Monday, May 06, 2013

Warm weather increases fire danger in Quebec

Above: This fire spread rapidly from a small bonfire to one consuming several hectares on Mont St Gregroire Friday night. No outdoor burning should be done this week in Quebec, as seen below my region remains under an extreme fire alert. CBC News

Over the last week nearly 80 brush/forest fires have broken out in various locations around the province of Quebec due to the abundant dead matter from the winter and the very dry, warm weather. May so far in Montreal has featured well above normal temperatures each day including yesterday's 27C (81F). The warm dry weather has increased the risk of forest and brush fires as one group of campers found out late Friday night. They had a bonfire burning on Mont St Gregoire on the South Shore that got out of hand and spread rapidly. The fire consumed more than three hectares but is now under control. The SOPFEU, the group responsible for forest fire prevention in Quebec, is reporting extreme fire danger for this week. The forecast looks the same has it has been all month, sunny and warm through Tuesday. Showers and cooler weather will arrive on Wednesday, but we are not expecting a huge amount of precipitation.  Strong high pressure will continue to anchor itself over southern Quebec with fair weather across eastern Ontario and New England as well.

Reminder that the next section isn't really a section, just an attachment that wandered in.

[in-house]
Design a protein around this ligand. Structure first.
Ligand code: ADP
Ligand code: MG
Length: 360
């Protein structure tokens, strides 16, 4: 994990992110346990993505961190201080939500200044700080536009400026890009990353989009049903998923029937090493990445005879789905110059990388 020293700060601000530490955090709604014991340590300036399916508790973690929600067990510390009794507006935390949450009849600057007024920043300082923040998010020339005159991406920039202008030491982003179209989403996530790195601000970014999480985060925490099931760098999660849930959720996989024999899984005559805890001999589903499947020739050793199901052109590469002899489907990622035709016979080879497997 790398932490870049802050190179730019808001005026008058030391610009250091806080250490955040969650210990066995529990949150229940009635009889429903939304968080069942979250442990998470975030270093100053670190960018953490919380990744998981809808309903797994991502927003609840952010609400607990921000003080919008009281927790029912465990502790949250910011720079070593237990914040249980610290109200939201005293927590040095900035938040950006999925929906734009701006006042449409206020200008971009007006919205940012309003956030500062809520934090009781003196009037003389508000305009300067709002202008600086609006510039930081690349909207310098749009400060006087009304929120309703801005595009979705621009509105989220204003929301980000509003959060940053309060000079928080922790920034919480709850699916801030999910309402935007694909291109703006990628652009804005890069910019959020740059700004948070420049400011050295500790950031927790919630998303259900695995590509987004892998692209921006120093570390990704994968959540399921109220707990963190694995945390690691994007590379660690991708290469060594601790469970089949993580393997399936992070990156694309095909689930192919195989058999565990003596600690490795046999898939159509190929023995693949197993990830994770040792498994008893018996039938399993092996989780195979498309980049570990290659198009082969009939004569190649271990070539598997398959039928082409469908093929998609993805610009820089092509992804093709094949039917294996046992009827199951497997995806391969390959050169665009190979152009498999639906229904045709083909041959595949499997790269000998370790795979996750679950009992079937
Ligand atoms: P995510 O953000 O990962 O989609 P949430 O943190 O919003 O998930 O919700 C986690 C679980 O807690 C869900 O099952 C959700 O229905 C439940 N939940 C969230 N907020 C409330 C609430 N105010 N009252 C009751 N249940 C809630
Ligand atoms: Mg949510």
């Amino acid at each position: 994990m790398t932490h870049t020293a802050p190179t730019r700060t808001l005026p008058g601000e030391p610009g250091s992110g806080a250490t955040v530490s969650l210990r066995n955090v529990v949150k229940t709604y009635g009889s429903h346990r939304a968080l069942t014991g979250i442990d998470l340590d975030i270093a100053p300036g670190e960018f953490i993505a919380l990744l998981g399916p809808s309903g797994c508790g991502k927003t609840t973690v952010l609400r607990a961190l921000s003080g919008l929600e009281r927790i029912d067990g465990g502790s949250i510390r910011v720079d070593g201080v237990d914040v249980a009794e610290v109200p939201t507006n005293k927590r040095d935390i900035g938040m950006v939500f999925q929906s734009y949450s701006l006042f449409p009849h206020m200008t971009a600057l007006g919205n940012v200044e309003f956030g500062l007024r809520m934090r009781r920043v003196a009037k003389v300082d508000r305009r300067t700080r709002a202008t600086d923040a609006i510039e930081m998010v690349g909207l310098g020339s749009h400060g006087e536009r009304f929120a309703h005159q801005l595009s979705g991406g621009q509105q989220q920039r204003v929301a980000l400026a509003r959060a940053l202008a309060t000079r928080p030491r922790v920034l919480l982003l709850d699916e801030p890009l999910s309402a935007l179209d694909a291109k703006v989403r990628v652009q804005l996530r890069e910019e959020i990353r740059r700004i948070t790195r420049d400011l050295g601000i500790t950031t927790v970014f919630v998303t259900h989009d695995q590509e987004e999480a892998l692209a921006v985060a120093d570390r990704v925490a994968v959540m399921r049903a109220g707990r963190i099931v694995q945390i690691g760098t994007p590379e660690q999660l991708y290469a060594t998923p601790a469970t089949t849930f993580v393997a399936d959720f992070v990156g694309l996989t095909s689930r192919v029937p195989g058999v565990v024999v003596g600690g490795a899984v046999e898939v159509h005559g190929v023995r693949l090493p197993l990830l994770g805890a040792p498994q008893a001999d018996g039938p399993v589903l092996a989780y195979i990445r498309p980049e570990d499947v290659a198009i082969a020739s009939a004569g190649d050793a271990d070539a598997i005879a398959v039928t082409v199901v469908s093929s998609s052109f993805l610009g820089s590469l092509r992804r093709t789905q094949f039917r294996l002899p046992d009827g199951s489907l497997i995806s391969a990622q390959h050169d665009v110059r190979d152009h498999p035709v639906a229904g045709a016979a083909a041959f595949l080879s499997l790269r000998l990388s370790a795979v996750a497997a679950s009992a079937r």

Dust Devils
The dry warm weather has prompted another unusual special weather statement from Environment Canada  this morning, one for dust devils. These are thermal whirlwinds that develop on warm summer afternoons when it is very dry out with low relative humidity. They swirl briefly up and can blow around debris or even move small objects.  They resemble tornadoes in there structure, but on a very, very mirco scale. They usually dissipate in seconds. We have all seen them before in schoolyards as kids or perhaps across a WalMart parking lot blowing dust and paper around and then disappearing as fast as they came. I have never read a statement for them however. Just part of this bizarre spring. How bizarre? On the weekend most places in southern Quebec were at least 10 degrees warmer than locations across the southern US. That portion of the country has been plagued by a stubborn upper level slow. The cold core system has produced hail, flurries, frost and record cold from Kansas and Texas into the southeast. Portions of south Texas along the Gulf Coast were colder than southern Quebec this weekend.

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